A Rangers fan has taken legal action against his ex-bosses after claiming his dedication to the Glasgow club cost him his job.
Eddie McClung, 50, believes he has lost a subcontractor role at a Grangemouth energy site due to his Ranger allegiance and is suing his former employers for £ 80,000 in damages.
The father of two claims other Rangers fans in the workplace were also targeted, adding: “They were going after a lot of Rangers guys. It was like a war zone.
Eddie, from Bonnybridge near Falkirk, has taken the case to an employment tribunal and wants to see the law changed to provide more protection for Rangers fans in the future, the Daily check-in reports.
Arguing that his dedication to the Rangers was behind the move, Eddie wants football fans to have the same kind of protection as workers who sue for religious or sexual bigotry.
Representing himself, Eddie proposed that being a fan of the Rangers is a “philosophical belief” worthy of special protection, as are pacifism, humanism and atheism.
If successful, the lawsuit will go to a full court in what is believed to be the first such case in the UK.
Eddie initiated action against energy construction company Doosan Babcock and recruitment firm NRL, with whom he started working as a project manager in January 2019.
He said a number of Celtic and Hibs fans worked where he was employed and that there was “a lot of joking” and alleges that another senior colleague told Eddie he was “exceptionally good for a Rangers fan “.
Eddie alleges that when the manager yelled at him twice for taking 45-minute lunch breaks he was being targeted for supporting the Rangers and the site’s toilets were defaced with graffiti mocking the Ibrox disaster of 1971, where 66 people lost their lives.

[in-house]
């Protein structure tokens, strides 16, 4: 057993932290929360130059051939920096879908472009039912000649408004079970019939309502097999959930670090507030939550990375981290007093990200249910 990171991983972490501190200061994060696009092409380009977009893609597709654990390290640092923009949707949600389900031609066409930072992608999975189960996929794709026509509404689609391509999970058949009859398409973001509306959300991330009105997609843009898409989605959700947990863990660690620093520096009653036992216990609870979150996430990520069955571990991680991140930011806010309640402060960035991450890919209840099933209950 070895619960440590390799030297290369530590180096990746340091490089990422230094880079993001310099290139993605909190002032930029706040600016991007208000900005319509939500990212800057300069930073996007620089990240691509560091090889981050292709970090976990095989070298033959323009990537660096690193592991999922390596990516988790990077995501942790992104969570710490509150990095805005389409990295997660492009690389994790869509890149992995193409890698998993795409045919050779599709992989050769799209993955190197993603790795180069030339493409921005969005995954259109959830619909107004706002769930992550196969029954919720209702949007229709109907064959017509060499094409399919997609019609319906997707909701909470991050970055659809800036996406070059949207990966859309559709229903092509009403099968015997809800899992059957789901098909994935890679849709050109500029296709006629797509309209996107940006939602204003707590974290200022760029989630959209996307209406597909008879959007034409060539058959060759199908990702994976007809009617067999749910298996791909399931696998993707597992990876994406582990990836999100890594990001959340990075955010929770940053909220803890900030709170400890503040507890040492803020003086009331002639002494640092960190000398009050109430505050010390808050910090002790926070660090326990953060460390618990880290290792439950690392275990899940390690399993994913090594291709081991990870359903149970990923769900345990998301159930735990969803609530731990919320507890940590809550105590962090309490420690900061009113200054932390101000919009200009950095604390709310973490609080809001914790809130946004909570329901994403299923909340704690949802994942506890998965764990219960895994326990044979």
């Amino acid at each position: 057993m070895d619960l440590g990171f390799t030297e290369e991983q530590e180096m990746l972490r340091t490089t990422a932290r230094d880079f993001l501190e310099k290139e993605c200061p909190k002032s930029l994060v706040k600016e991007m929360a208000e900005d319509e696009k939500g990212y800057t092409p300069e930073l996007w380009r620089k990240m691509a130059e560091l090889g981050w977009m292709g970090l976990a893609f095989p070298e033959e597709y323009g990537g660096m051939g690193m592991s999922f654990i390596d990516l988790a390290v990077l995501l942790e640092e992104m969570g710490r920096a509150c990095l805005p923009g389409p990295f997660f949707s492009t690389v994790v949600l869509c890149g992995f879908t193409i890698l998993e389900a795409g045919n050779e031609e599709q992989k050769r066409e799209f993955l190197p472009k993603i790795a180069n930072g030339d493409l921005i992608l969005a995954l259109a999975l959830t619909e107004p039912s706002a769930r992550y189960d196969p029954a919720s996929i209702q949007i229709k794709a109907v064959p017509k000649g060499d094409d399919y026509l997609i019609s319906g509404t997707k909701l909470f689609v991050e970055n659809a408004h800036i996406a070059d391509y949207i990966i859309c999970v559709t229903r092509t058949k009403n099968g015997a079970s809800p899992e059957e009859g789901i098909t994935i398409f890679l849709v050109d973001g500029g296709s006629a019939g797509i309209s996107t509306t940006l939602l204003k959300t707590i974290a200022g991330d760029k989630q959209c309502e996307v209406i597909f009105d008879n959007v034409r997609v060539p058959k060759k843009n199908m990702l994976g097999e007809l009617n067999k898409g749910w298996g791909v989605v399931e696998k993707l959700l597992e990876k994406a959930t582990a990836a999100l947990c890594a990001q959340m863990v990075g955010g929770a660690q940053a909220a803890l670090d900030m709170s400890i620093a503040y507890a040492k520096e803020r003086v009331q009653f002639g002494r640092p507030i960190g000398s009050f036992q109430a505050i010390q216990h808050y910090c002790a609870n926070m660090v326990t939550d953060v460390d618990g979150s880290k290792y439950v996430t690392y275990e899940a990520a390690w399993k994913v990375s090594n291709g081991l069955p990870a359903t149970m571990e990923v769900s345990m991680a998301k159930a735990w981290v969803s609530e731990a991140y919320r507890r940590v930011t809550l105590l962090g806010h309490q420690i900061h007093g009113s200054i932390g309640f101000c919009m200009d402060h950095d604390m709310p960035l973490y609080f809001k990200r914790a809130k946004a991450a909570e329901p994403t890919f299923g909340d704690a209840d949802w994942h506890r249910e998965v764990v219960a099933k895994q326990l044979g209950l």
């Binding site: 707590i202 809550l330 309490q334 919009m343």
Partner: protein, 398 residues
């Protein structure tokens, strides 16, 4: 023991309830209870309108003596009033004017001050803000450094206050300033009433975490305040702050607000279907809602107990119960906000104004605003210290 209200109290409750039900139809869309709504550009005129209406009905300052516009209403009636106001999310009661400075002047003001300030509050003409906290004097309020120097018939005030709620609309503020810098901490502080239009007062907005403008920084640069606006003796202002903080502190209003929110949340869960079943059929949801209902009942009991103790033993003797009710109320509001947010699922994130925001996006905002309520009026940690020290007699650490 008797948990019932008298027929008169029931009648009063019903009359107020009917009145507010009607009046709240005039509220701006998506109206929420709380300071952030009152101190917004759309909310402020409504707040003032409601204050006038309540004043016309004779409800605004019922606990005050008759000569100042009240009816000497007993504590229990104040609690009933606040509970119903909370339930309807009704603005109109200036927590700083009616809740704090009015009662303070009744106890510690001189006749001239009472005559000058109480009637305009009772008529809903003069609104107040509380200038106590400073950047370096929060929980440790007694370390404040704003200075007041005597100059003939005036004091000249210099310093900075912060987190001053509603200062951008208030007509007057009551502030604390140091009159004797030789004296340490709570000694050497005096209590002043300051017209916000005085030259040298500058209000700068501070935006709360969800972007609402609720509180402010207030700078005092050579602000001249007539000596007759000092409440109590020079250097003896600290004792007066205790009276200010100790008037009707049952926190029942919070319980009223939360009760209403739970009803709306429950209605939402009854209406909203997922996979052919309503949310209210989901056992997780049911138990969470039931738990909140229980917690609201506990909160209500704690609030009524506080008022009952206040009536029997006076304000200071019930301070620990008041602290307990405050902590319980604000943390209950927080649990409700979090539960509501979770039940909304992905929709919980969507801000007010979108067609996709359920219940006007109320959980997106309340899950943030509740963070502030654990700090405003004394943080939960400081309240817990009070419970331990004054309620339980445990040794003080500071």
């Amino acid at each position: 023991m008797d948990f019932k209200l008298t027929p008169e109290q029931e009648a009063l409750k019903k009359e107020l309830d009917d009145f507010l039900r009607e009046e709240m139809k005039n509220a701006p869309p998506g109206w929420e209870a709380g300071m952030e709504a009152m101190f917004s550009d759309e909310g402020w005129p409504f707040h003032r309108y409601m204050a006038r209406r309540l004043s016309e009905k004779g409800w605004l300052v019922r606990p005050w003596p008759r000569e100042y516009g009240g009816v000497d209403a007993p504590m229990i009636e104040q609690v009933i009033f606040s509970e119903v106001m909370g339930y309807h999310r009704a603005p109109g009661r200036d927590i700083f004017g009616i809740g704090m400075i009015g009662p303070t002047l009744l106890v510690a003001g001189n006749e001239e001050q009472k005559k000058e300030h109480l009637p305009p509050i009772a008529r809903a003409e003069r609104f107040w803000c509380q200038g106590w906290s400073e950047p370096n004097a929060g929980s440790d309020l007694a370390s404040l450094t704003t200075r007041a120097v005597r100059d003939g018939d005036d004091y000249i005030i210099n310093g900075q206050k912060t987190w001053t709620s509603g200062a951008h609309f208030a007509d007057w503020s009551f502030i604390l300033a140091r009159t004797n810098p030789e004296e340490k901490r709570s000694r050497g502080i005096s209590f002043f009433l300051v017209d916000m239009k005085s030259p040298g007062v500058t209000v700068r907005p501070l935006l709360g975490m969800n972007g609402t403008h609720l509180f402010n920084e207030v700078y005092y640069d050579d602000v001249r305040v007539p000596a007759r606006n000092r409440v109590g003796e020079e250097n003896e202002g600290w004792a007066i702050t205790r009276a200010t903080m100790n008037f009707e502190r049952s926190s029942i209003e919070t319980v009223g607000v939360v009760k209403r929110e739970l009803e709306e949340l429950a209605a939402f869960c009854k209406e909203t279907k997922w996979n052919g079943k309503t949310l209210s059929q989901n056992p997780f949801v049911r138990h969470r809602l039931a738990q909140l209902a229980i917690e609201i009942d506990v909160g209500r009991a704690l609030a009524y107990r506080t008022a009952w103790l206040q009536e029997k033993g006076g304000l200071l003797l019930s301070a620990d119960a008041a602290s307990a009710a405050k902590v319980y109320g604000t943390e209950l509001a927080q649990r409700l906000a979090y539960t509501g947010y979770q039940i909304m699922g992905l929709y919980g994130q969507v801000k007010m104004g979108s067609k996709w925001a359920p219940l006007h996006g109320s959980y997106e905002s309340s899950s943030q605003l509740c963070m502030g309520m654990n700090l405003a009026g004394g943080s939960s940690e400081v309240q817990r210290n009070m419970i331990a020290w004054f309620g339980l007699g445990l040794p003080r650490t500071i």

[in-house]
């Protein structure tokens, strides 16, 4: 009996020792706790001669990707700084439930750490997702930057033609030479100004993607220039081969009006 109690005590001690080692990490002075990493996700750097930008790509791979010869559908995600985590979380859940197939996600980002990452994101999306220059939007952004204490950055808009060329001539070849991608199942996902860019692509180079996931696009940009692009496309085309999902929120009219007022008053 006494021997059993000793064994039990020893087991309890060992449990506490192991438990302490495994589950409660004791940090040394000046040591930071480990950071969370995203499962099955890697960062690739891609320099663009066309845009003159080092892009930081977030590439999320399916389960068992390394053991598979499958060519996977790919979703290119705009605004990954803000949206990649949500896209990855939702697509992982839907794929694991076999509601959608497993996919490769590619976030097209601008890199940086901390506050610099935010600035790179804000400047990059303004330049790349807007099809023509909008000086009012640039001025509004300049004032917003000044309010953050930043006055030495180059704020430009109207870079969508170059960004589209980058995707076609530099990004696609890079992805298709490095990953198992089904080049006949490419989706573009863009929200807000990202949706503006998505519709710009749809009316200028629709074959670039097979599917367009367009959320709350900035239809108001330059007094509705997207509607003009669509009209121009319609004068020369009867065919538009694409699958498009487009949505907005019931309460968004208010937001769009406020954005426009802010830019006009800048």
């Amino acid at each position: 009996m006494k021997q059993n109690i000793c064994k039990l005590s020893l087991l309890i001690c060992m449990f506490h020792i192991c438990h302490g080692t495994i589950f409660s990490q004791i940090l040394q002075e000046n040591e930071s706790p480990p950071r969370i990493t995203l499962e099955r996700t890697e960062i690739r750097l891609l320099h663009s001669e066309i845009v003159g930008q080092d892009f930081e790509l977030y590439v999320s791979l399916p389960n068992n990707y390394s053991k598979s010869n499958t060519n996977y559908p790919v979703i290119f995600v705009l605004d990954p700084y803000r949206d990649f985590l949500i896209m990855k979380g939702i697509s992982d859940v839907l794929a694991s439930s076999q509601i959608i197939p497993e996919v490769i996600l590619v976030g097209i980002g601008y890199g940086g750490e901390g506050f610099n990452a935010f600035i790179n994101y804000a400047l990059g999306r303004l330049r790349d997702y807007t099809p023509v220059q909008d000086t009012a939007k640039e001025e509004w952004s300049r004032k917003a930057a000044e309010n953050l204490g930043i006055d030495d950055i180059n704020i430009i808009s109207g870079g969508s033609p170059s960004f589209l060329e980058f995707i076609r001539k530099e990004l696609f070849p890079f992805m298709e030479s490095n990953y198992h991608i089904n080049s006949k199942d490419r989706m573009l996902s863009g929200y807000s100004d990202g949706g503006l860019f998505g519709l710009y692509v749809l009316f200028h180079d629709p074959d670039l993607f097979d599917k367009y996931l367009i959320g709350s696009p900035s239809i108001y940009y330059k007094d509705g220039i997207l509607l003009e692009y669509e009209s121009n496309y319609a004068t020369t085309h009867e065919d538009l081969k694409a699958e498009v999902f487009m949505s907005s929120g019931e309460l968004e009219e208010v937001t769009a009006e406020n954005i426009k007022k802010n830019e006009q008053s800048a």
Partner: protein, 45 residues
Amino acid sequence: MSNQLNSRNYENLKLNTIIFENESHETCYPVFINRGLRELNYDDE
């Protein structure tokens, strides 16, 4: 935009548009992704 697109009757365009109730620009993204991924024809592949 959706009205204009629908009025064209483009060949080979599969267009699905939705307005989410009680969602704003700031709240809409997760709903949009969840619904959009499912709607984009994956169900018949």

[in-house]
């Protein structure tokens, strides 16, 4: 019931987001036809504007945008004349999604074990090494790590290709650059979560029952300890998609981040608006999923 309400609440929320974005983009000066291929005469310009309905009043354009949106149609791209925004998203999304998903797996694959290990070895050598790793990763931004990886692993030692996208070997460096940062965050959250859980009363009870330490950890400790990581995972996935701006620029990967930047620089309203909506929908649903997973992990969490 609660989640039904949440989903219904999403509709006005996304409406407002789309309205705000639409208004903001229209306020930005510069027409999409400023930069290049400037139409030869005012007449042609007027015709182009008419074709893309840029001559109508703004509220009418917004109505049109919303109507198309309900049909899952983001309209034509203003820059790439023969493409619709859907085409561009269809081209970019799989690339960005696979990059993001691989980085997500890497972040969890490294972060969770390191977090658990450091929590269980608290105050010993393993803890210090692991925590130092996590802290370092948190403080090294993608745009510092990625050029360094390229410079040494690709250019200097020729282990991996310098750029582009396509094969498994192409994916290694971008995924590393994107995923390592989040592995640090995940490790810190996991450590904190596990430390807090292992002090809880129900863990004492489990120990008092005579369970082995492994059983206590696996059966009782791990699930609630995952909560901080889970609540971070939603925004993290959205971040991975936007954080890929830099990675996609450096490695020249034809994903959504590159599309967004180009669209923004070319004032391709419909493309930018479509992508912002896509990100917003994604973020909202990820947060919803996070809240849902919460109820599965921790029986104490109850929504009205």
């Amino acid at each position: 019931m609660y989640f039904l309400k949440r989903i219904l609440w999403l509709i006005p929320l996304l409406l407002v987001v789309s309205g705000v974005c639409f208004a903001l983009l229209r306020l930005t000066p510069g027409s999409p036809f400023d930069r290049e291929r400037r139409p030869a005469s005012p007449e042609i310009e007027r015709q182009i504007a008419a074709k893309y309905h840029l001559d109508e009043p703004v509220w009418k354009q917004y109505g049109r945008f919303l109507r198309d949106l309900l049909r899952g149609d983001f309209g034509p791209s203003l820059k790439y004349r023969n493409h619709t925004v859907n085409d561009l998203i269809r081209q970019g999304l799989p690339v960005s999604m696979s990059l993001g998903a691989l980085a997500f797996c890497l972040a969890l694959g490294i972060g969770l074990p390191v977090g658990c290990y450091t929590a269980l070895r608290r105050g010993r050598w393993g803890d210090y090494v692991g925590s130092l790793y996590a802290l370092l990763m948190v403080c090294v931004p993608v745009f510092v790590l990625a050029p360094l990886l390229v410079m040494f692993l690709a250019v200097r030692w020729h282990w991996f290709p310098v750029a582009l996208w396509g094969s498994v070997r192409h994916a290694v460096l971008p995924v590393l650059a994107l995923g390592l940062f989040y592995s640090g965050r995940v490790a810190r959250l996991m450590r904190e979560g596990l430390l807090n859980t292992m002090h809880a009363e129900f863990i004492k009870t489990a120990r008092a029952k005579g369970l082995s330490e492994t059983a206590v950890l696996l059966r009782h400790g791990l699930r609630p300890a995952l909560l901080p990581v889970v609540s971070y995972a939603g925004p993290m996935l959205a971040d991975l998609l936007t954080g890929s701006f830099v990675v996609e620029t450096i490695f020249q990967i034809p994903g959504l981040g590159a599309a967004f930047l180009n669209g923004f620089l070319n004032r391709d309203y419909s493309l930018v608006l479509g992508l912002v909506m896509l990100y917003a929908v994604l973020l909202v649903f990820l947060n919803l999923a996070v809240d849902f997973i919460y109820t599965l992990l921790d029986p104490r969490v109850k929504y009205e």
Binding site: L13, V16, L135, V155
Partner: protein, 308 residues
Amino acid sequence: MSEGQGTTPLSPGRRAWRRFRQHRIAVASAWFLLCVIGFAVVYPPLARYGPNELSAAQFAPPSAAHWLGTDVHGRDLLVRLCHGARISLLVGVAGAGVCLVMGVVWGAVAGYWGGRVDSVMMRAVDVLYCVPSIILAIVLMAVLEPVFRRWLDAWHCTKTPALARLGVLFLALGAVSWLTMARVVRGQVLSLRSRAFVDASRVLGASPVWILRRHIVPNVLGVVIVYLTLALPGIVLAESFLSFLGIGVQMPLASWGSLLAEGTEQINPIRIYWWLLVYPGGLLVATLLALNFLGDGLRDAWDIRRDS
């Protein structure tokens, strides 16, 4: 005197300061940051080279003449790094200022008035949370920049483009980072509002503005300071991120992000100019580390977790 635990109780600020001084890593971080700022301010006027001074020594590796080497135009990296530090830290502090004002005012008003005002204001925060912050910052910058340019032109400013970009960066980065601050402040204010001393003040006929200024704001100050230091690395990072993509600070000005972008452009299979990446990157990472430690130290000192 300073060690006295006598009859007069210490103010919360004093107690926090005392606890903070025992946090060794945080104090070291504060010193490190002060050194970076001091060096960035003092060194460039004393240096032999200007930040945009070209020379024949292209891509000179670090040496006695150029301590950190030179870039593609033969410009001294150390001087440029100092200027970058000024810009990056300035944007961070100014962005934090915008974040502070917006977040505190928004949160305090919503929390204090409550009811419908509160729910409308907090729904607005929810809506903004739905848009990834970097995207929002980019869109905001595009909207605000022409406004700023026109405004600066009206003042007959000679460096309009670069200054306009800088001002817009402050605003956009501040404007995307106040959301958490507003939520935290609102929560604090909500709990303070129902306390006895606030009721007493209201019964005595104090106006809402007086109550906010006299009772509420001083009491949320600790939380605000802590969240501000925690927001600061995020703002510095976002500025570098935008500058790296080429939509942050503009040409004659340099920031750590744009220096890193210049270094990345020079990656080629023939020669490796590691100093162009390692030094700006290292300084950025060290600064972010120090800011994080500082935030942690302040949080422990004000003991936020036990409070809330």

He said he received a week’s notice in May 2019 after the run-ins – and didn’t have enough work for him.
Eddie said: “Before, I never felt that someone was chasing me because I was a Rangers fan. There would be jokes, but they wouldn’t fire you for it.
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“I think it cost me my marriage because my wife and I parted ways over financial concerns. I lost £ 30,000 of salary which was to last until November 2019 and we had to sell the house.
Eddie said: “I have to prove that my support for Rangers is ‘genuinely held’, which I will do with memories and playing games.
“The next test is whether this is an ‘important aspect of human life’. This is covered by memories like attending games with my father before he died in 2018. He must have an” level of seriousness “which a Rangers fan implies. It takes time, money and effort.
“Then I think being a Rangers fan is a ‘way of life’. I wake up on a Saturday when there is a game and I think “great”. I work to pay my bills and hope there are enough left over to see as many games as possible.
“The last is to be ‘worthy of respect in a democratic society’. It’s child’s play. There are a few idiots but a lot of good people go to the games.
Eddie hopes his landmark case will offer protection from discrimination to fellow Gers fans.
He said, “I’m taking it all the way. I want Rangers fans to be protected from the same as I am. “
At a hearing in Glasgow last month, lawyers for Doosan Babcock and the NRL called his claims “sparse” and asked: “Could supporting the Rangers ever amount to a philosophical belief?
Both firms urged Judge Lucy Wiseman to dismiss the action.
Judge Wiseman adjourned the court to give Eddie time to prepare his claim.
Dooson Babcock and NRL have been contacted for comment but have not responded.